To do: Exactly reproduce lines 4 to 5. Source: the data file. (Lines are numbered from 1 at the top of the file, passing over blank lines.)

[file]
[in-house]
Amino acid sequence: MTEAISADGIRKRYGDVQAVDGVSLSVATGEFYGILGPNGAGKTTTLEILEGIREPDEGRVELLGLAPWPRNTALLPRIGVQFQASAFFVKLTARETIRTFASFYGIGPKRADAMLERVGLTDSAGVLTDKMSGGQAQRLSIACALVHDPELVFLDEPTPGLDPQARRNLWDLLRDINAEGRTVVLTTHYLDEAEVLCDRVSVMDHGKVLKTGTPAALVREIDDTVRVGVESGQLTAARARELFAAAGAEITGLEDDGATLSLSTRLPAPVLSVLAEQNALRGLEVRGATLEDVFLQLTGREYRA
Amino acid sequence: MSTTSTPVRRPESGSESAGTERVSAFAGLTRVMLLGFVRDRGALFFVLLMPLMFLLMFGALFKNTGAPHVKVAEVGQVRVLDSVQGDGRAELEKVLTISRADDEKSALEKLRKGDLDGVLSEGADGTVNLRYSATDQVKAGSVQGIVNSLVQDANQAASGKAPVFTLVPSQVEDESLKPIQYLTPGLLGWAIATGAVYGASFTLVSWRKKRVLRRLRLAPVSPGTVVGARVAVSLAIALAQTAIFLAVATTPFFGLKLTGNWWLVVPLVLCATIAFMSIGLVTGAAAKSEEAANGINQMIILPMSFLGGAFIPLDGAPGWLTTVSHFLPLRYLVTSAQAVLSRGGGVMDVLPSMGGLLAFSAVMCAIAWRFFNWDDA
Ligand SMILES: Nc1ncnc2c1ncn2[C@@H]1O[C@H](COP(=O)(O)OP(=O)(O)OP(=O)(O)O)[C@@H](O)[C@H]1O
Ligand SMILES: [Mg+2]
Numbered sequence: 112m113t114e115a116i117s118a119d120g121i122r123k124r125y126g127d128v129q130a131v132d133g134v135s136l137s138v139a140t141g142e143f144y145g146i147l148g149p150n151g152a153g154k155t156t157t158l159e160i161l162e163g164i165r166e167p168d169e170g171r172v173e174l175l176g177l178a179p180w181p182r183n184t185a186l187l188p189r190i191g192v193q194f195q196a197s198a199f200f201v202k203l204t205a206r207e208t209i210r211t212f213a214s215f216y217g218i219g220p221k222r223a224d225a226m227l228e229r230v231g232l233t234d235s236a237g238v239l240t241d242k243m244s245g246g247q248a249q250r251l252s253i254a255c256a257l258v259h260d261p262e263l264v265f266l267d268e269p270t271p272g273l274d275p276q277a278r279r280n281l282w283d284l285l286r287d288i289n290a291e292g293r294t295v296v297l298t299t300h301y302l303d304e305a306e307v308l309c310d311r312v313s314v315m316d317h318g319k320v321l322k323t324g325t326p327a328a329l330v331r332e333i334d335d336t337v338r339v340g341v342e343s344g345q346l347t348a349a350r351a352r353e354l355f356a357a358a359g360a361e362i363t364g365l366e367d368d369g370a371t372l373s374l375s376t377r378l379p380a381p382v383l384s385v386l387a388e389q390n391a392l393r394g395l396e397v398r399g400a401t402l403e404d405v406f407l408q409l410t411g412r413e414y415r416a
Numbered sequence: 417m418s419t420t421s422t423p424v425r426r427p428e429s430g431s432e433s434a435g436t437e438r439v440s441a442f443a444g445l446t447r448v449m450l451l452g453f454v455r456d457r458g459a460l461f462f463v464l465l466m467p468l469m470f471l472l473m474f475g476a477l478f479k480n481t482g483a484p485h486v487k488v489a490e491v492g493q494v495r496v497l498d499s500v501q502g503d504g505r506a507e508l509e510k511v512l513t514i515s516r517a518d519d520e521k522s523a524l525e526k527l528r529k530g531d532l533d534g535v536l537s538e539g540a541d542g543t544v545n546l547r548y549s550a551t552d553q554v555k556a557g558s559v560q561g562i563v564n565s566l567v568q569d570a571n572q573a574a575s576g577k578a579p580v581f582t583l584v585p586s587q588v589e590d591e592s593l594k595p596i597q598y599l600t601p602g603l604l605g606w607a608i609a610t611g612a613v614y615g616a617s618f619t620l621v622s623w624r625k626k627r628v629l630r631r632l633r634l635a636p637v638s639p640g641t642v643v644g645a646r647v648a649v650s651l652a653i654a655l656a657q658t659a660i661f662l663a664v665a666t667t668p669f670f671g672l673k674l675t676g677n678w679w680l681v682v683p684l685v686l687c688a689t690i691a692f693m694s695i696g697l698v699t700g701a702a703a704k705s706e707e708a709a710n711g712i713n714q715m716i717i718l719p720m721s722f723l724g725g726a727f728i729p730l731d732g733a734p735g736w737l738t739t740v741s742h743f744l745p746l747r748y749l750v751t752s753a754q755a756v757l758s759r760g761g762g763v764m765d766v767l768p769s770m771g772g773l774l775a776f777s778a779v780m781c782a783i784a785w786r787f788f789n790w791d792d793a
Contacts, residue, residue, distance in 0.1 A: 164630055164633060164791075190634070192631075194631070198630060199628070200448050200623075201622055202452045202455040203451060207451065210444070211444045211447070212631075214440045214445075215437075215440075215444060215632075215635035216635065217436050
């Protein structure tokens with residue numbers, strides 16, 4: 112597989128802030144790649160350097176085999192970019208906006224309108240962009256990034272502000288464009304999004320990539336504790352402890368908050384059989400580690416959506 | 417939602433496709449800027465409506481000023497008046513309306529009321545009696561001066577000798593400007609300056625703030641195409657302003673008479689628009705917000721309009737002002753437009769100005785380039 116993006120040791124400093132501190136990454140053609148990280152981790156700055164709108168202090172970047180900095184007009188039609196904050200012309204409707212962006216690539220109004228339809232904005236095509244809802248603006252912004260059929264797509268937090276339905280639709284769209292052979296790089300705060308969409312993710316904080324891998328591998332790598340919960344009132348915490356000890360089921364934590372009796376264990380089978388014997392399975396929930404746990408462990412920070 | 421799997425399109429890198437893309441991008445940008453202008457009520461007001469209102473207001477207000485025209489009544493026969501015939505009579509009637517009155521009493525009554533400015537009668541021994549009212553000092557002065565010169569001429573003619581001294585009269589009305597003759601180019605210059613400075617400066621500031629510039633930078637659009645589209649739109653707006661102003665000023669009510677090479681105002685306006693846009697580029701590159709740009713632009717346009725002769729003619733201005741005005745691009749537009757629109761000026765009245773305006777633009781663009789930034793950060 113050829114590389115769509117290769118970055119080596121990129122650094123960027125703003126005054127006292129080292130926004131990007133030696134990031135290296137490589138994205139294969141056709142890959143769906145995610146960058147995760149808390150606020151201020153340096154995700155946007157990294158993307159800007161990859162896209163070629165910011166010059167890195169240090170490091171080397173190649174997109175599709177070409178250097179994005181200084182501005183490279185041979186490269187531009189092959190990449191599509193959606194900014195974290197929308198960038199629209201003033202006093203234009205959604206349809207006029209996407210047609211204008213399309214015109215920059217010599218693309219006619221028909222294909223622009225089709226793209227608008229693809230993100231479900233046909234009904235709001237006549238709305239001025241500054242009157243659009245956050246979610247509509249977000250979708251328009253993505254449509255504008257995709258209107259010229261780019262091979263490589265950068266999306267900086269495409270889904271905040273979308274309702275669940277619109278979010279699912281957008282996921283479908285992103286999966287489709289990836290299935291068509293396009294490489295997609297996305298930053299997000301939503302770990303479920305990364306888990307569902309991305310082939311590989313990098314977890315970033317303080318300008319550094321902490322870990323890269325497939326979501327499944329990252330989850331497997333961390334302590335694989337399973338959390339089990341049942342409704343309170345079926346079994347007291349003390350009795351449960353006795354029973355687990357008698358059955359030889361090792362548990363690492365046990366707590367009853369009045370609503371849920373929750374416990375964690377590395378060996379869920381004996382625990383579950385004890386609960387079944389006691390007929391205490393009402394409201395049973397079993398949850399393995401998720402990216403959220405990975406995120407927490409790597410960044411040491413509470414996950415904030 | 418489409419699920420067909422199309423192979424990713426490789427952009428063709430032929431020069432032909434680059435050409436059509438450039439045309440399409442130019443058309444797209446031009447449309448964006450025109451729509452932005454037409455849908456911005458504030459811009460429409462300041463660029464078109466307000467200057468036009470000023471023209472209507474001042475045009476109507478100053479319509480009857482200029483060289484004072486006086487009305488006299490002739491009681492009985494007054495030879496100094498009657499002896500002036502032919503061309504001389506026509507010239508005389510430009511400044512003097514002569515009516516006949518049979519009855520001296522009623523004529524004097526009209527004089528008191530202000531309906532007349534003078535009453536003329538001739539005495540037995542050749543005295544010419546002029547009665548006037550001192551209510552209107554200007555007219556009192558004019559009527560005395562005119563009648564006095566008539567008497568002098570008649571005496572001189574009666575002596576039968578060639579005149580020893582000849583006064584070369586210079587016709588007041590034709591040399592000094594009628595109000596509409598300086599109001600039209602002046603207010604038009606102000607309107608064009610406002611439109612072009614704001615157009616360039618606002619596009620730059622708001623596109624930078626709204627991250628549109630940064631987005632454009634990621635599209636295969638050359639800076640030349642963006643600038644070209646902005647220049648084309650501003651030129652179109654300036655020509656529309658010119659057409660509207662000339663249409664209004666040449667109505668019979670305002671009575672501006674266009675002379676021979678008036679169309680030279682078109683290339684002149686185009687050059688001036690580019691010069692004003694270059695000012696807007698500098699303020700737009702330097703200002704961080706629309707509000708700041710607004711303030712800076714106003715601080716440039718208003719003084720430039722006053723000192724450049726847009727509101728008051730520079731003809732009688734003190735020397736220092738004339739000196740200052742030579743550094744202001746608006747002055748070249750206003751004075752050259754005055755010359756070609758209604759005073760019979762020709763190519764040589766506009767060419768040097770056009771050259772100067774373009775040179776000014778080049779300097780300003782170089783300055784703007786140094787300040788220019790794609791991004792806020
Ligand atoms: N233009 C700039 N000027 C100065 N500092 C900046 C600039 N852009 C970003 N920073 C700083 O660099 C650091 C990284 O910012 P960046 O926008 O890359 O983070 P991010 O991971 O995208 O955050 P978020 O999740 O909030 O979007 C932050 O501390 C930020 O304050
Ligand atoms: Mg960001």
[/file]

Ligand SMILES: Nc1ncnc2c1ncn2[C@@H]1O[C@H](COP(=O)(O)OP(=O)(O)OP(=O)(O)O)[C@@H](O)[C@H]1O
Ligand SMILES: [Mg+2]